Articles Tagged with suspension

The securities fraud attorneys at Malecki Law are interested in hearing from investors who have complaints against stockbroker Michael Fasciglione.  Mr. Fasciglione is believed to be registered with National Securities Corporation, based out of Mineola, NY.  He has also recently been registered with Oppenheimer & Co. and First Montauk Securities, according to industry records.

According to BrokerCheck, as maintained by the Financial Industry Regulatory Authority (“FINRA”), Mr. Fasciglione has been the subject of more than 10 customer complaints.  Stretching back as far as 1995, Mr. Fasciglione has been accused of recommending unsuitable investments to customers, breach of fiduciary duty, churning, excessive trading, fraud, unauthorized trading, taking excessive risk, misrepresentations, allowing a customer’s account to exceed comfortable margin balances, and charging excessive commissions, per FINRA records.

Of these customer disputes, FINRA records indicate that some customers received back tens of thousands of dollars in connection with their complaints.  One customer reportedly received back $300,000 in connection with an unauthorized trading complaint, while another reportedly received $120,000 in a suitability claim.

A Letter of Acceptance, Waiver and Consent (AWC) was recently accepted by Financial Industry Regulatory Authority’s (FINRA’s) Department of Enforcement from Adrian S. Lauer.  Mr. Lauer was accused of failing to disclose outside business activities on his Form U4 and to his employer.  Specifically, Mr. Lauer was accused of violating FINRA Rules 2010 (Standards of Commercial Honor and Principles of Trade) and 3270 (Outside Business Activities of Registered Persons).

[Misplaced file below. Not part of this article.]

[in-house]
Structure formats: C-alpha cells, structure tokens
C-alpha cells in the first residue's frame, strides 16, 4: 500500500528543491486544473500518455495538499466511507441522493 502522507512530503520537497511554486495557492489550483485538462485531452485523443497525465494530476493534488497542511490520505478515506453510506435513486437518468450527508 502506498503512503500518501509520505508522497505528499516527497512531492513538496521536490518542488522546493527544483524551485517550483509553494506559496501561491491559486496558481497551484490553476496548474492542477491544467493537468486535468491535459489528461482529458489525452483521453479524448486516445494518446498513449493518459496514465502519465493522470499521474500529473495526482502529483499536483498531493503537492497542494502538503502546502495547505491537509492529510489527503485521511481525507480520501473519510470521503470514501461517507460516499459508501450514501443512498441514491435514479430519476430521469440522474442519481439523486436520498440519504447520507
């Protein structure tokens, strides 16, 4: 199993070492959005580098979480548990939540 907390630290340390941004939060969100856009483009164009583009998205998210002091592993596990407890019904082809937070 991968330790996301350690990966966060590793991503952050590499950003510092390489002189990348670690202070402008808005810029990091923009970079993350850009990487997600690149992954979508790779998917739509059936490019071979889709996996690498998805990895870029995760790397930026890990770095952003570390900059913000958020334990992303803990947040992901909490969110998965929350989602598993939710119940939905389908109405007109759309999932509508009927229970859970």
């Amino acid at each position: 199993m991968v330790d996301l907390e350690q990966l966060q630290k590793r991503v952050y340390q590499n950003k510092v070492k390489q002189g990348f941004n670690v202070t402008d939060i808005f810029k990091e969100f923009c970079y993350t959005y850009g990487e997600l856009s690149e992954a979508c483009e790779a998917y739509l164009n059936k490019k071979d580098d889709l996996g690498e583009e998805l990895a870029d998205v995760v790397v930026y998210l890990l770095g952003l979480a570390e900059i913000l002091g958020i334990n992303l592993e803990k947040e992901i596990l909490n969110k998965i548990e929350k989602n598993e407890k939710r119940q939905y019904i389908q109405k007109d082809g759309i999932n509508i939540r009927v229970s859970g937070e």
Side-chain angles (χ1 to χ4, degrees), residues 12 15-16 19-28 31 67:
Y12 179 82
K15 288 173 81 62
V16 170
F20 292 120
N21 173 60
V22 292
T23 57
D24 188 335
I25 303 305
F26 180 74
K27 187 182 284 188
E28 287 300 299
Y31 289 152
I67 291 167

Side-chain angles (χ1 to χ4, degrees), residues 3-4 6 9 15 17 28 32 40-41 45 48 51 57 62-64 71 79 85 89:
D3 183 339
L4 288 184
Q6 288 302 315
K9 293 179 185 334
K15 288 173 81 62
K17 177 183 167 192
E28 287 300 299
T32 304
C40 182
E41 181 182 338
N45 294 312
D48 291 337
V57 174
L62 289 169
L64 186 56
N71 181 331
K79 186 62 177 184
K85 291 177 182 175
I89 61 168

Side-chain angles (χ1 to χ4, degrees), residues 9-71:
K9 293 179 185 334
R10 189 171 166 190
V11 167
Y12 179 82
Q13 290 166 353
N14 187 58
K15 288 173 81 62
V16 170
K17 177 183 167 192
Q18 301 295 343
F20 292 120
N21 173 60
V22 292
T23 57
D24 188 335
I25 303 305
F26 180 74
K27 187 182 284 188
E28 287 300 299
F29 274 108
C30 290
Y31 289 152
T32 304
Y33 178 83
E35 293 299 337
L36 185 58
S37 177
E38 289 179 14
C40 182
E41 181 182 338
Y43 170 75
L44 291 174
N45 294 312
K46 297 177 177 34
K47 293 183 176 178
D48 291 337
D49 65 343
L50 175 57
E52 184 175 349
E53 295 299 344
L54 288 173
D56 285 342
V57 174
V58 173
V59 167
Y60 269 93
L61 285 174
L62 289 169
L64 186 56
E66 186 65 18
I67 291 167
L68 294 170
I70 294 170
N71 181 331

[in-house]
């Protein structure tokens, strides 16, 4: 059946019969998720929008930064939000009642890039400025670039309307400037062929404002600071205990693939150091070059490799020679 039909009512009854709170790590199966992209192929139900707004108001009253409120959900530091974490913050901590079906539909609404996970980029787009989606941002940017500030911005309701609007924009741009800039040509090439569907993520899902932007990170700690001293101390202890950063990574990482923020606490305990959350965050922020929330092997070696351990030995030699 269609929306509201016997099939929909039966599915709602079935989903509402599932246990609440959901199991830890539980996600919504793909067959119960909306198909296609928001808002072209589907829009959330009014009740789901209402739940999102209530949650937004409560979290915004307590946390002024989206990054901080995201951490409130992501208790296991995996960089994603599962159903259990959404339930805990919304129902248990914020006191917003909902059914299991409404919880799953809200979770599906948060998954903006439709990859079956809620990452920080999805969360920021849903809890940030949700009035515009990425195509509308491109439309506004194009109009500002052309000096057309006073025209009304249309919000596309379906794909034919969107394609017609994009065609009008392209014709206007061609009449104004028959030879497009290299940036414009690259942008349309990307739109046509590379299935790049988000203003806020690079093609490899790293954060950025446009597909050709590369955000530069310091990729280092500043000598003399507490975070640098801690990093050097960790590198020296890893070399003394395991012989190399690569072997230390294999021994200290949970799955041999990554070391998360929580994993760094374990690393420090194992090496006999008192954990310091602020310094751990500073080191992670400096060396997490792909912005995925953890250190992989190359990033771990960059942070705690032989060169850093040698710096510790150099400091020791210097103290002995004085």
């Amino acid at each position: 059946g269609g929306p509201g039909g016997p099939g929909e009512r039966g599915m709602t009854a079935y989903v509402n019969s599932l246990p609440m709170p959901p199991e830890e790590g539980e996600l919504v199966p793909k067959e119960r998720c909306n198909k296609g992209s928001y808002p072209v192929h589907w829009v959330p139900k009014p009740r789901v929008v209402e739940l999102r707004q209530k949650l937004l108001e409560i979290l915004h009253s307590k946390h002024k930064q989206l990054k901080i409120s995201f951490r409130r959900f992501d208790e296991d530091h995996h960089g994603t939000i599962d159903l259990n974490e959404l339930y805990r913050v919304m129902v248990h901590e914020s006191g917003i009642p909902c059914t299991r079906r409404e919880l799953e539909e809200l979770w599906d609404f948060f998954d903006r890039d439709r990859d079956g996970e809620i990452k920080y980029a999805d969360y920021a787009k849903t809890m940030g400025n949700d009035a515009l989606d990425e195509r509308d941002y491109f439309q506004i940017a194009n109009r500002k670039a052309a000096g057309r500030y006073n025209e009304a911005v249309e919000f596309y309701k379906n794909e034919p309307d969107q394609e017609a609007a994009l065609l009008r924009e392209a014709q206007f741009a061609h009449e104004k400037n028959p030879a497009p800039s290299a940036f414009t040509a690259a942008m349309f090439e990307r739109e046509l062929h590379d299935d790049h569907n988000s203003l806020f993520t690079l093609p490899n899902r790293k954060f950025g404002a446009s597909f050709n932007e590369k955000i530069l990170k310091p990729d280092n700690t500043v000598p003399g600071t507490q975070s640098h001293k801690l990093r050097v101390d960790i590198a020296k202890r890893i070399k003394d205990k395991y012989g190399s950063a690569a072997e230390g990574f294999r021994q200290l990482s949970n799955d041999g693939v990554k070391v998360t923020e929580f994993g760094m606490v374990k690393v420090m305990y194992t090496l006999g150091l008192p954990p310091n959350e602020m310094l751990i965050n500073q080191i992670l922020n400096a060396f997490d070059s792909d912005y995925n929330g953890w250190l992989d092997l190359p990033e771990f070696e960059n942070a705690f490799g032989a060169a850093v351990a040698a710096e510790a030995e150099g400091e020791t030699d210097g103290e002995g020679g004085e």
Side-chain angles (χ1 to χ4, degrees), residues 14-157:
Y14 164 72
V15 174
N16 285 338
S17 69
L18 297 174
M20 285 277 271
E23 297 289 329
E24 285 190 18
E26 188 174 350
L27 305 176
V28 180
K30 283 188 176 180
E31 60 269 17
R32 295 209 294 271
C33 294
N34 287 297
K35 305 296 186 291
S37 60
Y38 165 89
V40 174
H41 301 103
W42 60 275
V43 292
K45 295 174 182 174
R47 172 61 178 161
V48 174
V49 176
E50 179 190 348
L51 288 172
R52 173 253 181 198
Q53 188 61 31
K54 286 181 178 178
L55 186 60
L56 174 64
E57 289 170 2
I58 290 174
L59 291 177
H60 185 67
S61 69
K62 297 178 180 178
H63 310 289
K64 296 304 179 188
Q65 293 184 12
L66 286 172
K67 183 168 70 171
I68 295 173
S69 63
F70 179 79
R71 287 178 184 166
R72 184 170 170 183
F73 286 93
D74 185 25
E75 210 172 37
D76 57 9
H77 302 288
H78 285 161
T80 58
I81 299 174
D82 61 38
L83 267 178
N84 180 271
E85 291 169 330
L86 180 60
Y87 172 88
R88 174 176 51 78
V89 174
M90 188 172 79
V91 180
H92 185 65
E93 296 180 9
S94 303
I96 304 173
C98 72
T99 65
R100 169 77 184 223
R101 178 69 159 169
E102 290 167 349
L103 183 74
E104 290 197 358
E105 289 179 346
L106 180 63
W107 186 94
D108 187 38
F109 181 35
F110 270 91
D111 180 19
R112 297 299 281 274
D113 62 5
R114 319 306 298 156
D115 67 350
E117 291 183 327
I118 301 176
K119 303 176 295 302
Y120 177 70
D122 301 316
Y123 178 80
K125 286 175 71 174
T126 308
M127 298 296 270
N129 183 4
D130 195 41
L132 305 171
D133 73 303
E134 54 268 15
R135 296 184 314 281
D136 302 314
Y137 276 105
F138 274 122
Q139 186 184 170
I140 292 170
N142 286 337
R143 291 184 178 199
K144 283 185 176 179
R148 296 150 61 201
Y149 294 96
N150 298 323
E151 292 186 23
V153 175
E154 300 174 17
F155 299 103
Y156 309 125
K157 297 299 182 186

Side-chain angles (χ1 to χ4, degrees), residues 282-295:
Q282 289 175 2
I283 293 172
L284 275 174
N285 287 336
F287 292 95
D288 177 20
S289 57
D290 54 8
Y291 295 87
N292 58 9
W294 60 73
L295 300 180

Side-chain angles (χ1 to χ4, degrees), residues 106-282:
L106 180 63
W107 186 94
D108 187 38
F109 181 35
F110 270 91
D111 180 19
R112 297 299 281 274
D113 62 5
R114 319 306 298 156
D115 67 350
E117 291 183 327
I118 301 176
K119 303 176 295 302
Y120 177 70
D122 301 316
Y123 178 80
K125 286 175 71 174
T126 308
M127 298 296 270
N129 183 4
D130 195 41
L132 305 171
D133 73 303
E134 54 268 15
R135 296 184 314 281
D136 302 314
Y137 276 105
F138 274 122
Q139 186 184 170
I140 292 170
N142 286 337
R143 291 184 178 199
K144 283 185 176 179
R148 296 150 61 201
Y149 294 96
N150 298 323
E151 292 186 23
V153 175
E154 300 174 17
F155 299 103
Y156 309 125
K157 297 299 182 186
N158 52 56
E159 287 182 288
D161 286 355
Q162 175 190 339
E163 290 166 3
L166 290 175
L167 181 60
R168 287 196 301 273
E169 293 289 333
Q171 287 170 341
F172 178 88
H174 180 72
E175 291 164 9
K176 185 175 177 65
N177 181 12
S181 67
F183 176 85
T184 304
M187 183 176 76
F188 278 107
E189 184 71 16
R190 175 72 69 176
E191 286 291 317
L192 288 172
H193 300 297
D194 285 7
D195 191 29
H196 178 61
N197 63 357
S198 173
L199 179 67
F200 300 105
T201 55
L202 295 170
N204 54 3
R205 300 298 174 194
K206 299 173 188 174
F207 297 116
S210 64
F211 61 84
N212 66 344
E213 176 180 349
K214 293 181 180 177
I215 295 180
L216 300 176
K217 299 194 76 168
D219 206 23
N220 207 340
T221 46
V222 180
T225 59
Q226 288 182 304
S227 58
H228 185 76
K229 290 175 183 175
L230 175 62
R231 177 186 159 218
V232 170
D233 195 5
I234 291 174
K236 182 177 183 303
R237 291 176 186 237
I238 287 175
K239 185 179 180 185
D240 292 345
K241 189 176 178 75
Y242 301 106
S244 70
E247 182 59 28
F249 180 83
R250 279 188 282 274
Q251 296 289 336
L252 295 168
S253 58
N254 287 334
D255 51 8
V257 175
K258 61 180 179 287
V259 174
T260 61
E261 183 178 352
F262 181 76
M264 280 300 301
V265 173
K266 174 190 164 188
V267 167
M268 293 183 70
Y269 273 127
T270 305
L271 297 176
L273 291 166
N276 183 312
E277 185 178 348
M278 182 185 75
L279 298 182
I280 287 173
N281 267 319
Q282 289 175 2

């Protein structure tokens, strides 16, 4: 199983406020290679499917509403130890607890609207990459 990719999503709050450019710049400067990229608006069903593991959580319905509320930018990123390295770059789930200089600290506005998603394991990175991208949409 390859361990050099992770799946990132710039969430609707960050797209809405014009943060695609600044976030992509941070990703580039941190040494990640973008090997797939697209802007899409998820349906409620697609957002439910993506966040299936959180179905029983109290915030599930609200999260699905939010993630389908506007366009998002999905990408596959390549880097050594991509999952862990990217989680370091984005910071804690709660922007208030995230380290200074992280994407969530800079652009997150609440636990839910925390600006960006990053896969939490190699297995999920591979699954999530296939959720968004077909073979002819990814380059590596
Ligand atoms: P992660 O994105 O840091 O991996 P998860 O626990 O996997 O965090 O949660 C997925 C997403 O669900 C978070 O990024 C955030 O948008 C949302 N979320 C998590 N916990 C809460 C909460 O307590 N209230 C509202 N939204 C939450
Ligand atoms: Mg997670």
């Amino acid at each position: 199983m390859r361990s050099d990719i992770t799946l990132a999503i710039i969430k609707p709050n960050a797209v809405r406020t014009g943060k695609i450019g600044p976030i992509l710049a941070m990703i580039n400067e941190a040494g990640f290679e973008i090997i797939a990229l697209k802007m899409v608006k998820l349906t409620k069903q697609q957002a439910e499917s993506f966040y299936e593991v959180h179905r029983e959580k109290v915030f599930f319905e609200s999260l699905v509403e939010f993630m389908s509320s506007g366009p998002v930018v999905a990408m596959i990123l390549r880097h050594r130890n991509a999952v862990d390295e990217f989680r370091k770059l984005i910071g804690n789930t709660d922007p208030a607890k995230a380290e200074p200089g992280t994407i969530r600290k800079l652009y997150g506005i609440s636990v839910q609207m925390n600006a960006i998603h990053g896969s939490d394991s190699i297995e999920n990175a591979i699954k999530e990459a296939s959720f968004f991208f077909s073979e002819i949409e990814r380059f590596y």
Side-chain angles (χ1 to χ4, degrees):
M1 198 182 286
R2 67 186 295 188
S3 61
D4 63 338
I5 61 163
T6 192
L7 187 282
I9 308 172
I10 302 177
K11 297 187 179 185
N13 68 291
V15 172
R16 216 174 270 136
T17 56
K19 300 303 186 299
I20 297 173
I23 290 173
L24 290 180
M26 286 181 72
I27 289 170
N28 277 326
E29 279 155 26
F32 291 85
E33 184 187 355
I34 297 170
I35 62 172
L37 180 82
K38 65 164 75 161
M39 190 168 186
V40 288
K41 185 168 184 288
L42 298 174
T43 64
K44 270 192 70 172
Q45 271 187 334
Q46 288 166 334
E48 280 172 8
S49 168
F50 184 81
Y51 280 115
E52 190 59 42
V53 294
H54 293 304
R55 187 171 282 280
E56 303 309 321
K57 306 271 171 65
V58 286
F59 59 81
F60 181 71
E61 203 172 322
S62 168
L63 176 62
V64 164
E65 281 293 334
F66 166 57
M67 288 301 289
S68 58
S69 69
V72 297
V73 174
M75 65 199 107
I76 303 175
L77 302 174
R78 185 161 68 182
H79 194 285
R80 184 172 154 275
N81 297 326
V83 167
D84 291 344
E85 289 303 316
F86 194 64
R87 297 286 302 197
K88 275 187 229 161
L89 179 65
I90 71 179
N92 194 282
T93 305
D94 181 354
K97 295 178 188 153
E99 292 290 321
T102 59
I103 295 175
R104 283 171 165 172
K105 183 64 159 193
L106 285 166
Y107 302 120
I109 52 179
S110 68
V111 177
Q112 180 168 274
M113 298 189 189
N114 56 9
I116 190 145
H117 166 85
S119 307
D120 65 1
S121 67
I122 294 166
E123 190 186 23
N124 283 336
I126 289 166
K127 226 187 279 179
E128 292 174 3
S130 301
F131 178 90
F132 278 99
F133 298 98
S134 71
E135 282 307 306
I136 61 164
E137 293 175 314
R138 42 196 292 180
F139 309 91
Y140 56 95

It was alleged that from April 2011 through March 2014, Mr. Lauer participated in a 401(k) advisory business and worked as a webmaster for a college alumni club while employed at Securities America, Inc.  The AWC detailed that Mr. Lauer failed to disclose his participation in the advisory business, but later sought approval from the firm.  It was alleged that although the firm denied the request regarding the advisory business, Mr. Lauer also continued to participate in this business.  The AWC further detailed that while Mr. Lauer sought approval of his college alumni club activities after he had already begun participating, the firm informed him of the steps he needed to take for the firm to grant his request but he never followed the steps, still choosing to participate in the outside business activity.

The AWC detailed that as a result of his violations, Mr. Lauer consented to a 60-day suspension and a $5,000 fine.

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